- Ear ornaments worn suspended from a bent wire or a thin loop passed through a hole pierced in the lobe of the ear or clipped or screwed to the lobe.
- Refers to the styles and culture that developed in antiquity in the Nile Valley in the area of modern-day Egypt and southwards. For the cultures and styles of the modern nation of Egypt, use "Egypt (modern)."
- An amorphous, inorganic substance made by fusing silica (silicon dioxide) with a basic oxide; generally transparent but often translucent or opaque. Its characteristic properties are its hardness and rigidity at ordinary temperatures, its capacity for plastic working at elevated temperatures, and its resistance to weathering and to most chemicals except hydrofluoric acid. Used for both utilitarian and decorative purposes, it can be formed into various shapes, colored or decorated. Glass originated as a glaze in Mesopotamia in about 3500 BCE and the first objects made wholly of glass date to about 2500 BCE.
- Ornaments such as bracelets, necklaces, and rings, of precious or semiprecious materials worn or carried on the person for adornment; also includes similar articles worn or carried for devotional or mourning purposes.
- Articles of jewelry designed to be suspended, such as from a necklace, brooch, or earrings. Examples include Renaissance pendants fastened to the sleeve and articles of devotional, magical, or mourning jewelry concealed under clothing.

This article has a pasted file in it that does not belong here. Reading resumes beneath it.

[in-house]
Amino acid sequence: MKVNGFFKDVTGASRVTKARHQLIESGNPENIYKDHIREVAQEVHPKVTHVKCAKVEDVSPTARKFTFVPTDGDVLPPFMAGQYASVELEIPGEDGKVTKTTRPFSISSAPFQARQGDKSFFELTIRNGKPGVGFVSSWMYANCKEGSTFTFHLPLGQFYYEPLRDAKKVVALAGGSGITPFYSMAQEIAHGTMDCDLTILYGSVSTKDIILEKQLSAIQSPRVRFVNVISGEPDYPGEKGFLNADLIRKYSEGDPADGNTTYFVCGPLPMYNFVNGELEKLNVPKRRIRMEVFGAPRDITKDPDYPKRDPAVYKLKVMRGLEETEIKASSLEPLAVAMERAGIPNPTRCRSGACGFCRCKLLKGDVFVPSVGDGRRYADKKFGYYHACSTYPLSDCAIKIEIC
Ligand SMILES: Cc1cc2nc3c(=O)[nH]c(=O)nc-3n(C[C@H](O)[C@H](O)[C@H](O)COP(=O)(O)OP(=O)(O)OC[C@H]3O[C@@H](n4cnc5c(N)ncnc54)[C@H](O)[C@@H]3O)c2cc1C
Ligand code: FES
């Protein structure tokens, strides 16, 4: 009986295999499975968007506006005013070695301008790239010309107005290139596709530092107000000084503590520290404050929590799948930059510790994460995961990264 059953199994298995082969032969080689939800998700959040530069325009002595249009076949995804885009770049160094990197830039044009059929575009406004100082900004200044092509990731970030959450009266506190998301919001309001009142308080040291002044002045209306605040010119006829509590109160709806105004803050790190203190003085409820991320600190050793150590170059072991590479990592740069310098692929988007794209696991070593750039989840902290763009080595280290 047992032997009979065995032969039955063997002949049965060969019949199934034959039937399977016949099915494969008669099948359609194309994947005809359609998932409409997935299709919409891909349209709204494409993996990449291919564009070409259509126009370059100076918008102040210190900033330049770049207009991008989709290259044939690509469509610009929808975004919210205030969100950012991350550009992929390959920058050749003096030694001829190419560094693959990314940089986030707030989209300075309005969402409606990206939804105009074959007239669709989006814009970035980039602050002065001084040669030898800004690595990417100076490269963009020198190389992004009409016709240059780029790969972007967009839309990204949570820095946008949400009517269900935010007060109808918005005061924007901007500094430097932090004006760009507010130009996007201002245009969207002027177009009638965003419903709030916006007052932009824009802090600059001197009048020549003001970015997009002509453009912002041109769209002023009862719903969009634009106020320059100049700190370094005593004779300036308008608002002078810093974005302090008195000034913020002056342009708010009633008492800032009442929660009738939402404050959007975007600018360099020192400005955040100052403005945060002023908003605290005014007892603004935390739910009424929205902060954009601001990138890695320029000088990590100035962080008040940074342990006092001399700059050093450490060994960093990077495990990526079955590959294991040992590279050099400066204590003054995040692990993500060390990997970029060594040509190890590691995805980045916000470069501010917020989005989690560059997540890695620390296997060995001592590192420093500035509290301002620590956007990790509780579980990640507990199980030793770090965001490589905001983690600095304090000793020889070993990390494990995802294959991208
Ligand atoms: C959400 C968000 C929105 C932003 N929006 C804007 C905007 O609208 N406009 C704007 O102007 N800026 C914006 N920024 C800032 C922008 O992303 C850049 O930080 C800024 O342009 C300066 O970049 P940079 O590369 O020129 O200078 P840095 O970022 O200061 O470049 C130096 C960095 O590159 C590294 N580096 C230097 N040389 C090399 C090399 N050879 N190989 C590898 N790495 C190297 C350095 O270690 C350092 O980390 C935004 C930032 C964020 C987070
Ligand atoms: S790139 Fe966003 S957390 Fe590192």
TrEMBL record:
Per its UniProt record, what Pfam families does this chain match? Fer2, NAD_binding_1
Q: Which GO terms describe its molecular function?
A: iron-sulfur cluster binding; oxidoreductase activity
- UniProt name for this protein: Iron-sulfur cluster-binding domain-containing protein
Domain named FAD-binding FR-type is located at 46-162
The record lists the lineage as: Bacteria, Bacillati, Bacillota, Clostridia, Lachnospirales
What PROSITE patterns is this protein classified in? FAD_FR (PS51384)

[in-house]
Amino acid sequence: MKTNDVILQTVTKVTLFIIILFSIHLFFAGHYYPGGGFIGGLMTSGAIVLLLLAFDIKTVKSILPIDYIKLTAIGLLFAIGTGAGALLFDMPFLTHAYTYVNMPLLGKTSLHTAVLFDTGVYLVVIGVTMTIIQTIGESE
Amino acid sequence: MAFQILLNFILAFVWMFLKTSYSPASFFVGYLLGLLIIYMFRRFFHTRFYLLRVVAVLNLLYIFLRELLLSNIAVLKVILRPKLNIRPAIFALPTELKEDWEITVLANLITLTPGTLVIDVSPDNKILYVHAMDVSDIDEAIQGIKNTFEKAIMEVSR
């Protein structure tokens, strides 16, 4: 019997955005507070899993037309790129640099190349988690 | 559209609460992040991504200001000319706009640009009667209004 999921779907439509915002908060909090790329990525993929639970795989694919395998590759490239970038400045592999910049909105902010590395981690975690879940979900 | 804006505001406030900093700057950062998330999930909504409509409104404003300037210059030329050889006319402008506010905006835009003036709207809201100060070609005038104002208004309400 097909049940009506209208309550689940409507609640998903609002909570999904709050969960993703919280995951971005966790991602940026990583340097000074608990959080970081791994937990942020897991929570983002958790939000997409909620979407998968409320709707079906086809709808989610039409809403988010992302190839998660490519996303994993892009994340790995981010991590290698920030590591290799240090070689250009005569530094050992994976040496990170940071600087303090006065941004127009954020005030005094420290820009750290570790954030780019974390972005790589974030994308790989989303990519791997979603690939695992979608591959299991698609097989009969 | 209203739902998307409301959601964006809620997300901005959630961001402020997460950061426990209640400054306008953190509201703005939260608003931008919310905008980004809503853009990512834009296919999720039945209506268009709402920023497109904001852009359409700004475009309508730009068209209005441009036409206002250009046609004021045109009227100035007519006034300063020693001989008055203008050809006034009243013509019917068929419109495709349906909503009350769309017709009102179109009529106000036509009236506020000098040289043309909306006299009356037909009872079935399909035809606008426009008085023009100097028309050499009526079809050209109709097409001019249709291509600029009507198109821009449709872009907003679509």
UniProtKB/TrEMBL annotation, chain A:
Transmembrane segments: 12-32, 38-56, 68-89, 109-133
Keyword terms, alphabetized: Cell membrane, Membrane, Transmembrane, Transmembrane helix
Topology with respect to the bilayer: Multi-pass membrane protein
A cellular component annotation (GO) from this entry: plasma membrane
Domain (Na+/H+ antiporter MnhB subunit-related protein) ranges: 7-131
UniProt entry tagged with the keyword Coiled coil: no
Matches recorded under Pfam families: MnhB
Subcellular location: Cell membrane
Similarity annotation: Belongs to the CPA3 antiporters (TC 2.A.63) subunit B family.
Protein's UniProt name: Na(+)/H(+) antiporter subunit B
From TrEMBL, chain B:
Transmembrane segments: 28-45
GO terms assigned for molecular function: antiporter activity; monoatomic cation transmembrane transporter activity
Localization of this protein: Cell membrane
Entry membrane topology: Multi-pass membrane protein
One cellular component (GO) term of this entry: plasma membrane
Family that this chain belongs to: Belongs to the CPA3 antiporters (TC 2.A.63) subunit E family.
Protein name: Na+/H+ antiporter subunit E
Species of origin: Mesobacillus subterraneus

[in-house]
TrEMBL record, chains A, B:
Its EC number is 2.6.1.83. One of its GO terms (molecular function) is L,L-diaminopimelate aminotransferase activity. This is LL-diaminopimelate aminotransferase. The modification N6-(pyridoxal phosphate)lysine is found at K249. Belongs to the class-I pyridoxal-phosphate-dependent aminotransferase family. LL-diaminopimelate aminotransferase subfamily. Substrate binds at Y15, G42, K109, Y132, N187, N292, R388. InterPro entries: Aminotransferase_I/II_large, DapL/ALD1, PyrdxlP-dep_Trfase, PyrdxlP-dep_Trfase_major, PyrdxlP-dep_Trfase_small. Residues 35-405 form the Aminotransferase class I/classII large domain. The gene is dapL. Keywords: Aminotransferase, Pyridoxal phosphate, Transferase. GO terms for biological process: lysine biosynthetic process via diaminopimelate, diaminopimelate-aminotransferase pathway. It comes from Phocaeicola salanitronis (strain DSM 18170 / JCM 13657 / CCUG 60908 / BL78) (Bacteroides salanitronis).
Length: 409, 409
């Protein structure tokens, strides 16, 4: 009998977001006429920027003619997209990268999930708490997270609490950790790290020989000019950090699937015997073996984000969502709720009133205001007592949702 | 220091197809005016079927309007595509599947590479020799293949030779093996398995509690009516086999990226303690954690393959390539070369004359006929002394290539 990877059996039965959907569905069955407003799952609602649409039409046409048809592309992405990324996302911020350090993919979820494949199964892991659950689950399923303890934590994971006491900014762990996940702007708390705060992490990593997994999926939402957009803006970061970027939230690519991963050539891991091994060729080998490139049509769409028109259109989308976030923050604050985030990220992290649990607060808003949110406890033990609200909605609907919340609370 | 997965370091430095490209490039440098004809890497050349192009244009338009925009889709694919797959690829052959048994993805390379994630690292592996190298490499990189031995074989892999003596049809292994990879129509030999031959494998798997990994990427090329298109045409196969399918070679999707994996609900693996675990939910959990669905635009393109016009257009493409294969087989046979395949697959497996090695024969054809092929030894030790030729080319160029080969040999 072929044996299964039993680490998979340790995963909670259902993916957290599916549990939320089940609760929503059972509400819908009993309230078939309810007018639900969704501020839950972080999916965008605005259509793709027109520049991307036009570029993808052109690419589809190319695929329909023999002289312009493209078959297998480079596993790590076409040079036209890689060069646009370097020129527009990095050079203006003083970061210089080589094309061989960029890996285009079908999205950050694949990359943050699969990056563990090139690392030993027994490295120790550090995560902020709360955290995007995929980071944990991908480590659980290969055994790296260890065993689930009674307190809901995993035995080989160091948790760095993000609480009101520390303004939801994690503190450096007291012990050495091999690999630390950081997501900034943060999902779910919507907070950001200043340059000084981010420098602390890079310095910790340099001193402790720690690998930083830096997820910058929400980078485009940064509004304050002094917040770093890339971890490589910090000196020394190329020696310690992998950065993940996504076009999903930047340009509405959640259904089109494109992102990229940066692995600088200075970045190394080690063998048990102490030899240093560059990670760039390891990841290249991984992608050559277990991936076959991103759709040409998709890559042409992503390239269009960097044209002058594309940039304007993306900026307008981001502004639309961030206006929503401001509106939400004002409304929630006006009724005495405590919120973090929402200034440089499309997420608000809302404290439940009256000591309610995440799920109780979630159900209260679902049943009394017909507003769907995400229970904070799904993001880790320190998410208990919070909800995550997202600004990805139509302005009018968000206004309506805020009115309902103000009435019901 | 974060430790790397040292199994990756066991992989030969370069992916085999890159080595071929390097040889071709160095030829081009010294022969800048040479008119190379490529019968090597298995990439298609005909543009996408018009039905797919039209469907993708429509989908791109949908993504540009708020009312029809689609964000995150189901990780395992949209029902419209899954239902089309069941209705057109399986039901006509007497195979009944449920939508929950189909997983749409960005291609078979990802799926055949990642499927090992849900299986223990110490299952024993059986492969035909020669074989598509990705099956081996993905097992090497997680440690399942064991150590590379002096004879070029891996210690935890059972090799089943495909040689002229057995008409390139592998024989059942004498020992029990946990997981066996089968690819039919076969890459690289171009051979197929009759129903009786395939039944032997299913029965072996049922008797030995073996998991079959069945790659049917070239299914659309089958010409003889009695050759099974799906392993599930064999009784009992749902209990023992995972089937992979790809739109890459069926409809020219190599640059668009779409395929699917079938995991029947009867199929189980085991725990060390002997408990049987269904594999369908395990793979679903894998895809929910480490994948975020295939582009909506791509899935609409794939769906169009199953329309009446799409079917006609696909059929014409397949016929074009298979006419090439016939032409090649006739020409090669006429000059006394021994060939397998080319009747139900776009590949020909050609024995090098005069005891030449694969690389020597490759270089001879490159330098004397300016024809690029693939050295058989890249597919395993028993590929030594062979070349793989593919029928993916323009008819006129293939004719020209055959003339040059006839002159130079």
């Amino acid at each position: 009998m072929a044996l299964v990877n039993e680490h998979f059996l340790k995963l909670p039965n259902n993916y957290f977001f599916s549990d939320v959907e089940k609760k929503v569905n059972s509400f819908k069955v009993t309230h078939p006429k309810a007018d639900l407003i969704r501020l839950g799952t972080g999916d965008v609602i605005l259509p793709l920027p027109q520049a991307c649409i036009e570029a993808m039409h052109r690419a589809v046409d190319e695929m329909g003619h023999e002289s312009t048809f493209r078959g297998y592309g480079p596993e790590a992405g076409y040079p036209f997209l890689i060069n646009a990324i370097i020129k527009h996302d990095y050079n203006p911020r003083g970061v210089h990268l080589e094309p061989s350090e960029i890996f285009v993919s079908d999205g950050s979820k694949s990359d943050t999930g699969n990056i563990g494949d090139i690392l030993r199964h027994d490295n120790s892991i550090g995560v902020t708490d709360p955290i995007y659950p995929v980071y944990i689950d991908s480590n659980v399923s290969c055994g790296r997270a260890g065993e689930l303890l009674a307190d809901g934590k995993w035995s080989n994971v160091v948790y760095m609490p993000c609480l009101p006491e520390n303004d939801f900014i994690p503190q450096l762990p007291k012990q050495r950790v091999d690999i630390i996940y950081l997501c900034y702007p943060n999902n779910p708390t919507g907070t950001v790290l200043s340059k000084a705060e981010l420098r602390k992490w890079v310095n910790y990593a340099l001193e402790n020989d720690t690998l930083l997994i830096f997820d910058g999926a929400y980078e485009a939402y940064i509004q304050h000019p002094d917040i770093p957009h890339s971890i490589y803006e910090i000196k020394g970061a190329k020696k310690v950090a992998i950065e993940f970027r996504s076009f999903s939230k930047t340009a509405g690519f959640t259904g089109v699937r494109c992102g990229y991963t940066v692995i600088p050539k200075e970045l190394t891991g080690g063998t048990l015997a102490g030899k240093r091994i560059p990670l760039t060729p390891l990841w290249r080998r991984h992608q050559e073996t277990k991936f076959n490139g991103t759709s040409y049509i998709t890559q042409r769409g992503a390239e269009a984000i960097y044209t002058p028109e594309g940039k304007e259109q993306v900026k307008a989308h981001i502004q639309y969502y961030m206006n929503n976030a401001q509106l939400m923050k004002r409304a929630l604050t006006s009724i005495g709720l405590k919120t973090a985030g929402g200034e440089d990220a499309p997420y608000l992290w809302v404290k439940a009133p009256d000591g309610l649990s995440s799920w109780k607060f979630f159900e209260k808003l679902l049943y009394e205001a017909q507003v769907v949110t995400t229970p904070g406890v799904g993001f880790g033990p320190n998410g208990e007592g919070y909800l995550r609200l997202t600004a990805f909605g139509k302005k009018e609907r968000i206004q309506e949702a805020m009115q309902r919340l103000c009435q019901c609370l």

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This object was included in the following exhibitions:
Shifting Sands: Roman Glass in the Bryn Mawr College Collections
Bryn Mawr College
, Oct 15, 2007 – May 30, 2008
The following Bibliography exist for this object:
Glass at the Fitzwilliam Museum
Cambridge University Press.
New York, NY, 1978
Page Number: 13,
Figure Number: 5a
The following Comparanda exist for this object:
Sidney M. Goldstein,
Pre-Roman and Early Roman Glass in the Corning Museum of Glass
(Corning, N.Y.: Corning Museum, 1979),
Figure Number: 129-130
Anton Carel Kisa,
Das Glas Im Altertume
(Leipzig. Germany: K.W. Hiersemann, 1908),
Figure Number: 17
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This object is a member of the following portfolios: